Quadrilateral Cowboy (6)

There’s a reason I’m no programmer today. I tried my hand at coding straight out of high school, and I disliked it. Actually, disliked is the wrong word – I hated the stuff with the fire of a thousand suns. Let’s just say I was less than ecstatic when Geoff handed me a review copy of Quadrilateral Cowboy – the latest title from indie developer, Blendo Games. When I first saw the game a few weeks ago, I thought it was a puzzler that required programming knowhow. Thus, I was all but guaranteed to suffer when I played it.

That couldn’t be further from the truth. As it turns out, Quadrilateral Cowboy is excellent. It has honestly been one of my favourite gaming experiences this year. And no, you don’t need to know anything about coding to enjoy it yourself.

Quadrilateral Cowboy (5)

Quadrilateral Cowboy starts out by teaching players very basic syntax, which they’ll later learn to string into the complex commands required to solve the game’s various puzzles. Not once did I feel overwhelmed, or inundated with information throughout my playthrough.

The teaching aspect of the game is handled very well actually. At the very beginning for example, players have access to a portable device that can be plugged into data jacks. When done, the device displays the various available commands that are available, and all the player has to do is select the appropriate one to execute. Soon though, they will have access to their own deck – a portable computer that can be deployed anywhere – which they’ll use to manually input their own commands.

Having to literally type in words to do something mundane like opening a door sounds boring on paper, but I assure you, it’s surprisingly satisfying. It helps that the sound of typing in game has an enjoyable clack to it. If you have a mechanical keyboard, you know exactly what I’m talking about.

Quadrilateral Cowboy (1)

In Quadrilateral Cowboy, you’ll undertake various heist missions, which is why you’re doing sneaky stuff like deactivating laser beams or opening up doors and gates in the first place. You start out with nothing more than your deck, but as you progress through the game, you get access to more tech that helps you take on bigger, more complicated jobs.

The weevil for example, is a teeny tiny robot that can fit through small gaps or tight spaces that you might not be able to yourself. It, like almost everything else, is controlled via the deck. You can make it move forward, turn, zoom its camera in and out, and more.

So to give you a clearer picture, let’s say I’ve just dropped the weevil into a room through a crack in the roof. I’d then place my deck and CCTV screens nearby, connect to the little device, and activate the video feed to see through its eyes. I’d then type something like ‘Go 50’ to make it move forward (50 being the distance I want it to travel). I could queue up a string of commands if I wanted to too. It would go something like, ‘Go 50; turn 30; jump; go 60; turn –90’. Once I’ve navigated it to a data jack, I can then get it, plug in and open up a nearby door that’ll then grant me entry into the room.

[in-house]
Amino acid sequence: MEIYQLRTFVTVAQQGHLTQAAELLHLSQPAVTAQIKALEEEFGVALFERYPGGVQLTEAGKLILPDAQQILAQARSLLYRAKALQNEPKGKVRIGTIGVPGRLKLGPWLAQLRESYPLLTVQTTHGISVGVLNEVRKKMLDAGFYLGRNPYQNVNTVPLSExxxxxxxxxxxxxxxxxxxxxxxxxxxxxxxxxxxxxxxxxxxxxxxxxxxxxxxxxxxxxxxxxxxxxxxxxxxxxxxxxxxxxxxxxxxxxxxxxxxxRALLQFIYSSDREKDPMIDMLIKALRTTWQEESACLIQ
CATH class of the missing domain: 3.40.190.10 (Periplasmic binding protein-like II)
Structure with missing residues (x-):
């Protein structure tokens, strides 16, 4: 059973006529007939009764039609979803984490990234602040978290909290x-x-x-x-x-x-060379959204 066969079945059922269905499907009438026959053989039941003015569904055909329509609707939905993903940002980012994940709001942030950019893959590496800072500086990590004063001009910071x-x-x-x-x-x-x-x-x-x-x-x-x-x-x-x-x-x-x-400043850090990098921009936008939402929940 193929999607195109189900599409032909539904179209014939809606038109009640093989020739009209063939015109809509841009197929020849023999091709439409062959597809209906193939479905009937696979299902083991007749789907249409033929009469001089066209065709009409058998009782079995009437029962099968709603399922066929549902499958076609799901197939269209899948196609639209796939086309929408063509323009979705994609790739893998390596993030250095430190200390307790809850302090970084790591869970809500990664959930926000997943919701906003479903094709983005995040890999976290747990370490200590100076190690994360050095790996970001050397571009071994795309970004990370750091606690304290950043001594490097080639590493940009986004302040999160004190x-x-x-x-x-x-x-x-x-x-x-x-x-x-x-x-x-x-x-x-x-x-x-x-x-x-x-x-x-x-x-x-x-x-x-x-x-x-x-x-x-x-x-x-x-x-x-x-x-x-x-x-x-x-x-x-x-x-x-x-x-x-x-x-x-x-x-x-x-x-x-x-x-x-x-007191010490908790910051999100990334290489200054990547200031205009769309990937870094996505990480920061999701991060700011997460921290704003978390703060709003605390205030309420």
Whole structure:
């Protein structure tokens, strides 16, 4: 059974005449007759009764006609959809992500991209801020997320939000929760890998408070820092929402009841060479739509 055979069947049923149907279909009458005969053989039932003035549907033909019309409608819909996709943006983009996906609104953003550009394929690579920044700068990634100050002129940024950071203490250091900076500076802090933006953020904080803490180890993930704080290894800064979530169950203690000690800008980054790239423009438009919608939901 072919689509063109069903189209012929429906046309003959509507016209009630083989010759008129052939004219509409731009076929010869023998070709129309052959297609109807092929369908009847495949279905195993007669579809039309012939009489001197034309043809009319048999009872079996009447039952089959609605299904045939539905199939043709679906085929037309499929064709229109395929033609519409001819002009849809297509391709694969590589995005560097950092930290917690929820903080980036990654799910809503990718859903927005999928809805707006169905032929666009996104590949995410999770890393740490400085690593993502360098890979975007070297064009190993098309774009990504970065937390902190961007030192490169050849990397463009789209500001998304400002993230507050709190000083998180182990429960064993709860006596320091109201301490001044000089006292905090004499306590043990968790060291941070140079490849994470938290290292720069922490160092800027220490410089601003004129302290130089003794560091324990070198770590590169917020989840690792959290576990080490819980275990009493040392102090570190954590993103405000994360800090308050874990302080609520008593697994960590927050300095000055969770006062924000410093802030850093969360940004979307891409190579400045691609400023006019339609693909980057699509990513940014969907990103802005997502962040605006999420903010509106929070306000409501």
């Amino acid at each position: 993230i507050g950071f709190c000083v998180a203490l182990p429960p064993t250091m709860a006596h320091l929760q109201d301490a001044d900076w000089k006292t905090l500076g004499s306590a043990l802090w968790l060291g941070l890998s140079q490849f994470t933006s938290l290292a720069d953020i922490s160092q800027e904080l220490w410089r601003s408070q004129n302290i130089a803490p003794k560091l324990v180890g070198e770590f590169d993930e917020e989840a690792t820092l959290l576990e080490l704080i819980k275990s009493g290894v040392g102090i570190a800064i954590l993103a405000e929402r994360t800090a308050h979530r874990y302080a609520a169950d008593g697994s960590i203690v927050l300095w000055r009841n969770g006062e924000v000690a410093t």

Quadrilateral Cowboy 2

Getting all of this right does take some getting used to, but not once did I feel like I was being overloaded with information.  Heists are presented in bite-sized portions, which gives players a fair amount of time to get used to new tech before the next cool gadget finds its way into their arsenal.

This ends up being a bit of double-edged sword unfortunately. One problem I have with Quadrilateral Cowboy is that by the time I learnt how to use some cool new piece of technology effectively in a real life heist, the next one was already being introduced. After completing the first act, I realised that I’d been playing a very lengthy tutorial of sorts. My hand was being held tight, and I was being taught everything I needed to know in detail for the much later, more complex portions of the game.

This is not necessarily a bad thing, but I do feel that it could’ve been handled somewhat differently. I think the opening portion of the puzzler would’ve benefited from adding a little more depth or length to some heists. That, or Blendo Games could’ve maybe added a few more missions in-between each introduction of new gadget, instead of “rushing” through them.

Quadrilateral Cowboy (4)

Other than that minor complaint though, and the few crashes here and there (which will be fixed via a patch soon hopefully), I don’t have much else to criticise. Quadrilateral Cowboy had me hooked from beginning to end, for the full 5 hours it took me to complete it. I was immensely sad to see its credits roll! Thankfully, there is mod support, so I’ll definitely be back once the community starts piecing their own puzzles together.

At the very least, I feel I can confidently state that Quadrilateral Cowboy provides an unusual, albeit enjoyable experience. It’s not one that I think everybody will enjoy mind you, but if you’ve got a thing for puzzlers, or coding, or 80s aesthetics, or heists, or classic music, or tales that are told inexplicitly, OR all of the above, then I’m all but certain that you’re going to love Quadrilateral Cowboy. If you’d told me a few weeks ago that I’d find satisfaction with a title that required basic command inputs to solve puzzles, I would’ve laughed in your face.

All I can say now is this: Quadrilateral_Cowboy.recommend(yes)



Last Updated: July 26, 2016

Quadrilateral Cowboy
A game about conducting heists from behind a pc screen? It sure sounds mundane and complicated. Blendo Games though, have somehow managed to pull it off with ease in Quadrilateral Cowboy. They’ve put together a highly polished, surprisingly enjoyable product - one which every gamer should at least consider playing at some point.
Quadrilateral Cowboy was reviewed on PC
81 / 100

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